Data Facts Lending Solutions Blog

Building (or re-building) Credit

by Jennifer Hamby

May 8, 2014 11:33:00 AM


Establishing a good credit history has never been as important as it is today.

It's not just that you'll need good credit to get decent rates when you're ready to buy a home or a car. Your credit history can determine whether you get a good job, a decent apartment, a deal on your cell phone and reasonable rates on insurance. One seemingly minor misstep -- a late payment, maxing out your credit cards -- can haunt you for years.

If you're just starting out, you have a once-in-a-lifetime opportunity to build a credit history the right way.

Here's what to do and what to avoid.

Check your credit report

You'll first want to see what, if anything, lenders are saying about you.


Establish checking and savings accounts

Here's a basic step that's sometimes overlooked by people seeking credit. Lenders see bank accounts as signs of stability.  Opening checking and savings accounts is also one of the few things you can do as a minor to start building a financial history. While you can't get a credit card in your own name until you're 18 and can be legally held to a contract, many banks have no problem letting you open an account.


 Understand the basics of credit scoring

You need to know that the two most important factors in your scores are:
  • Whether you pay your bills on time.
  • How much of your available credit you actually use.
It's essential that you pay all your bills on time, all the time. You also don't want to max out any of your credit cards, or even get close. Keeping your credit use to less than 30% of your credit limits (10% is better) will help you get the best possible credit scores -- and should help keep you from getting over your head in debt, as well.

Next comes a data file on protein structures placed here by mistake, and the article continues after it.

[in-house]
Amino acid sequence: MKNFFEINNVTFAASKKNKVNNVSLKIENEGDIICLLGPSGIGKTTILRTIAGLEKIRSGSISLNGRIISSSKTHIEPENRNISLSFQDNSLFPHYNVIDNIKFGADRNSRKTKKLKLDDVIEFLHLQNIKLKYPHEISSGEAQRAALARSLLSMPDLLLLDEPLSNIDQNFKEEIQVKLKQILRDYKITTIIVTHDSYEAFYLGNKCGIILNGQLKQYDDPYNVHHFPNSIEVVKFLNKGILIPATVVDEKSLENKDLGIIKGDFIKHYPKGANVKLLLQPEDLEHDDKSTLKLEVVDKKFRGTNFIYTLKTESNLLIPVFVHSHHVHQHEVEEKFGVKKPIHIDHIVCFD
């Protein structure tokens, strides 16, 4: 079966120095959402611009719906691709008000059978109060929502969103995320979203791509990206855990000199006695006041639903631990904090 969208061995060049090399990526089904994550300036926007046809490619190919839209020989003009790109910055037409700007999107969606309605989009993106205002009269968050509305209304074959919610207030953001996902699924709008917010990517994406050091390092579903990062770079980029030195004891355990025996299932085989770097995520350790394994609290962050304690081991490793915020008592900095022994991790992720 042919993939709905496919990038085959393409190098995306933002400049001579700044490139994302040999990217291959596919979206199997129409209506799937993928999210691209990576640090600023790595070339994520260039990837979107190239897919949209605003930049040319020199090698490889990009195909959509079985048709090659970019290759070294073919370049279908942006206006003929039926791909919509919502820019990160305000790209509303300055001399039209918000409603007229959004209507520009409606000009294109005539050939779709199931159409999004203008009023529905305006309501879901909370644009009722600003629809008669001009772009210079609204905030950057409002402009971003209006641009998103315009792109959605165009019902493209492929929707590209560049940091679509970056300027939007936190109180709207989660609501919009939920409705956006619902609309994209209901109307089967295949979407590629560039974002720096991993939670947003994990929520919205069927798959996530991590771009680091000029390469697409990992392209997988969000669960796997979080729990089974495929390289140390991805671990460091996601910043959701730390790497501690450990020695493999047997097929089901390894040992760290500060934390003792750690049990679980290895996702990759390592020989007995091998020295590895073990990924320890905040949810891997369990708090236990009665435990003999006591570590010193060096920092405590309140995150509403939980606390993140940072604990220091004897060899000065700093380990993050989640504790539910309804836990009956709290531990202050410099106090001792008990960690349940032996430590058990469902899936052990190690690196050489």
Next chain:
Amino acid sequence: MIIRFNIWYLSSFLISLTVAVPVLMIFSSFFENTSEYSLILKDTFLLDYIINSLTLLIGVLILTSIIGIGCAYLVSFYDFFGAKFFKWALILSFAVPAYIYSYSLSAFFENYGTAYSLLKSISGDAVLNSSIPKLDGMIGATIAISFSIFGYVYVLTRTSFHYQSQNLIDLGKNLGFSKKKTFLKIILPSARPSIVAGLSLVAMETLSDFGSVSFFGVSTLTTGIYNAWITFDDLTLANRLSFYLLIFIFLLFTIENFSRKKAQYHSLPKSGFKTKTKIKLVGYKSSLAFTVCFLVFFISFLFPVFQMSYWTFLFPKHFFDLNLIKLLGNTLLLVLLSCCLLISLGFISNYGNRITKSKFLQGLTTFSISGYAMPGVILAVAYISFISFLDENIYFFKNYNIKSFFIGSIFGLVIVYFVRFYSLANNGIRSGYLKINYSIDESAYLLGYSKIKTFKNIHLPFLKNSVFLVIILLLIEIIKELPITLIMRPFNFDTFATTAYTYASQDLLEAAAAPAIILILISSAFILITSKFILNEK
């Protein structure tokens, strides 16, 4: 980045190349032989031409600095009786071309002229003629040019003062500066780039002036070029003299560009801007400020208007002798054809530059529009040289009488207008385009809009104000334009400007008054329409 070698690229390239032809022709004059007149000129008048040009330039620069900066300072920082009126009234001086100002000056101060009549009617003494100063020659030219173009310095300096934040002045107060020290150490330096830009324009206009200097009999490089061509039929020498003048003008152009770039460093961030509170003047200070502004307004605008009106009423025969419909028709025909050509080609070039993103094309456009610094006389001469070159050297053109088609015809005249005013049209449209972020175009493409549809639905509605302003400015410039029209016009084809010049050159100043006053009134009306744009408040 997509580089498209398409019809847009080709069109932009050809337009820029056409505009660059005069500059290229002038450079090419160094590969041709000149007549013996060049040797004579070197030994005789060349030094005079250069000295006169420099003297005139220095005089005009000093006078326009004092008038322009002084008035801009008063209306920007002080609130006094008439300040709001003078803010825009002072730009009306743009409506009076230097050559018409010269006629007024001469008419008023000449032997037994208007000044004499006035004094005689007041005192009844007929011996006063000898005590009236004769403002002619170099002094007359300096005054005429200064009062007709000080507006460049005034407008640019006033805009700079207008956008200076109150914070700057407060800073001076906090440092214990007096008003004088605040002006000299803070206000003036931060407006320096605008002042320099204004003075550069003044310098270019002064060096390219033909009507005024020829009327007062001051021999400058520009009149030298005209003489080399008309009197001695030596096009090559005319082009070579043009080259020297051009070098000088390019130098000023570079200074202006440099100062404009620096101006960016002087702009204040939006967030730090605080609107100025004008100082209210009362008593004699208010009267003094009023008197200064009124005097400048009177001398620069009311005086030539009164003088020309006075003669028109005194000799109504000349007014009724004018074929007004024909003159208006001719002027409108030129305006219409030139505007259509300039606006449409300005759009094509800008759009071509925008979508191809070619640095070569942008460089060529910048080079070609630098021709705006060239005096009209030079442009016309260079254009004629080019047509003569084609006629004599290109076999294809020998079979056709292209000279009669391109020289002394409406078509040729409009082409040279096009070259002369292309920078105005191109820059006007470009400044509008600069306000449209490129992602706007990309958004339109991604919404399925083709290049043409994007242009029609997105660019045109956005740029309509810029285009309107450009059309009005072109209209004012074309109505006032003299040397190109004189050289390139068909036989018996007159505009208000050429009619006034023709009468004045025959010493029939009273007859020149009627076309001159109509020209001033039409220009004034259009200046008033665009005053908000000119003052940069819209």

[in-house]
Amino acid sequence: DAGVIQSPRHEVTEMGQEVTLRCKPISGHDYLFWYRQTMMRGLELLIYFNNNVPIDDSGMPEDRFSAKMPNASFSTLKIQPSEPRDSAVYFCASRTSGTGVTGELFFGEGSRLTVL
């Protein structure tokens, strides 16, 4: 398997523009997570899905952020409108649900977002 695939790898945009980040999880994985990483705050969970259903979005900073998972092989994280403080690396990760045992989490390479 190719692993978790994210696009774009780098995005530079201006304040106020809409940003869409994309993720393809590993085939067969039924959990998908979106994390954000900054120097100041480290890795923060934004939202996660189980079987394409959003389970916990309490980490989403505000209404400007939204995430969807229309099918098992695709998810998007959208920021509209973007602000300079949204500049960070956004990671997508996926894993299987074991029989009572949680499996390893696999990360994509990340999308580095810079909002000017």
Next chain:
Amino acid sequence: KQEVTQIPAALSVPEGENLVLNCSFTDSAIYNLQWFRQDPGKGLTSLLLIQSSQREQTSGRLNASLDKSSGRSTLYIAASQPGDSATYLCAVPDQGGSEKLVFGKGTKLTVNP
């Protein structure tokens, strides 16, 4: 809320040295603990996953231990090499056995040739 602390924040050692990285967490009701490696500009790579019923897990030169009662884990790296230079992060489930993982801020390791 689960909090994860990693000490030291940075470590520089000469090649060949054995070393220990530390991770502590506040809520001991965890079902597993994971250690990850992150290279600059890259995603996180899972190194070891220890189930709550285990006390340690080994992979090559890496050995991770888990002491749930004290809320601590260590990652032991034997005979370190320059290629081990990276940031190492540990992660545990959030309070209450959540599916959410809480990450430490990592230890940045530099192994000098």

Finally, you don't need to carry a large balance on a credit card to have good credit scores. Paying your bill in full, or leaving a small rollover balance each month is the best way to keep your finances in shape and build your credit at the same time.


Piggyback on someone else's good credit

The fastest way to establish a credit history can be to "borrow" another's record, either by being added to a credit card as a joint account holder or by getting someone to co-sign a loan for you.
Having a co-signer can allow you to qualify for loans you might not otherwise get. The loan will show up on your credit report and, if you pay it off responsibly, will help boost your credit scores.
If you default, however, you won't be the only one who suffers. The co-signer has basically promised to make good on this account, so any delinquencies will show up on her credit report as well.
Being added as a joint account holder also has its risks, for you as well as the person giving you access to the card.
If your father adds you to his credit card, for example, his history with that account can be imported to your credit bureau file, giving you an instant credit record. If he has handled the account well, that reflects well on you. But if he hasn't, his mistakes would also become yours. You become responsible for any debt on the card, and it's difficult to get your name removed. Any late payments or other problems could make it harder for you to get future credit than if you'd established your history without help.